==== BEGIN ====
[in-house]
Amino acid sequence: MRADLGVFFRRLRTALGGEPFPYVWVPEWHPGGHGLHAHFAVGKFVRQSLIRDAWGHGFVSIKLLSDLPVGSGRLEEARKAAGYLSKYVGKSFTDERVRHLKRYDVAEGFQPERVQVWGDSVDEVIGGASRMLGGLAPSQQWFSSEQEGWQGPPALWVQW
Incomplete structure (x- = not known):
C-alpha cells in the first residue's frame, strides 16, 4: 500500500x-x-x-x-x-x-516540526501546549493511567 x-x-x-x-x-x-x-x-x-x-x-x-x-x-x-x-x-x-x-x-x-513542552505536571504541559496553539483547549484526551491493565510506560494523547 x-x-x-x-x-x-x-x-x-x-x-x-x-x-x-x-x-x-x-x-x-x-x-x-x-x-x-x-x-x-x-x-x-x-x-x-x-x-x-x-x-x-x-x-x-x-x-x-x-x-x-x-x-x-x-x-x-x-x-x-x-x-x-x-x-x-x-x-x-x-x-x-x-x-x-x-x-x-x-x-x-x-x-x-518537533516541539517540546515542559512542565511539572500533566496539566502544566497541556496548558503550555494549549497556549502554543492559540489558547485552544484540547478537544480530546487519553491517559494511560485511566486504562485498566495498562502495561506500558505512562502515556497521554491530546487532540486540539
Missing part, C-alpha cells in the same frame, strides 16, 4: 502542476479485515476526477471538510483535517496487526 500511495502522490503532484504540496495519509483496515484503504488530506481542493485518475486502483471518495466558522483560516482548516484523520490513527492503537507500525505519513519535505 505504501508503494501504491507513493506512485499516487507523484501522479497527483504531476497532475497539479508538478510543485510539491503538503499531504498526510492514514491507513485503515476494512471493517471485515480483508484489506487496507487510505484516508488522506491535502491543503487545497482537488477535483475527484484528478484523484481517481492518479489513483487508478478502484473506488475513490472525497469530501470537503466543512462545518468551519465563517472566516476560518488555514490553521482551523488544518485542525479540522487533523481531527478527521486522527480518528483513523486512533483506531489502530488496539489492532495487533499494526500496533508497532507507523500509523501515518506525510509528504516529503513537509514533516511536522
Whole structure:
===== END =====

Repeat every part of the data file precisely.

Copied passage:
[in-house]
Amino acid sequence: MRADLGVFFRRLRTALGGEPFPYVWVPEWHPGGHGLHAHFAVGKFVRQSLIRDAWGHGFVSIKLLSDLPVGSGRLEEARKAAGYLSKYVGKSFTDERVRHLKRYDVAEGFQPERVQVWGDSVDEVIGGASRMLGGLAPSQQWFSSEQEGWQGPPALWVQW
Incomplete structure (x- = not known):
C-alpha cells in the first residue's frame, strides 16, 4: 500500500x-x-x-x-x-x-516540526501546549493511567 x-x-x-x-x-x-x-x-x-x-x-x-x-x-x-x-x-x-x-x-x-513542552505536571504541559496553539483547549484526551491493565510506560494523547 x-x-x-x-x-x-x-x-x-x-x-x-x-x-x-x-x-x-x-x-x-x-x-x-x-x-x-x-x-x-x-x-x-x-x-x-x-x-x-x-x-x-x-x-x-x-x-x-x-x-x-x-x-x-x-x-x-x-x-x-x-x-x-x-x-x-x-x-x-x-x-x-x-x-x-x-x-x-x-x-x-x-x-x-518537533516541539517540546515542559512542565511539572500533566496539566502544566497541556496548558503550555494549549497556549502554543492559540489558547485552544484540547478537544480530546487519553491517559494511560485511566486504562485498566495498562502495561506500558505512562502515556497521554491530546487532540486540539
Missing part, C-alpha cells in the same frame, strides 16, 4: 502542476479485515476526477471538510483535517496487526 500511495502522490503532484504540496495519509483496515484503504488530506481542493485518475486502483471518495466558522483560516482548516484523520490513527492503537507500525505519513519535505 505504501508503494501504491507513493506512485499516487507523484501522479497527483504531476497532475497539479508538478510543485510539491503538503499531504498526510492514514491507513485503515476494512471493517471485515480483508484489506487496507487510505484516508488522506491535502491543503487545497482537488477535483475527484484528478484523484481517481492518479489513483487508478478502484473506488475513490472525497469530501470537503466543512462545518468551519465563517472566516476560518488555514490553521482551523488544518485542525479540522487533523481531527478527521486522527480518528483513523486512533483506531489502530488496539489492532495487533499494526500496533508497532507507523500509523501515518506525510509528504516529503513537509514533516511536522
Whole structure: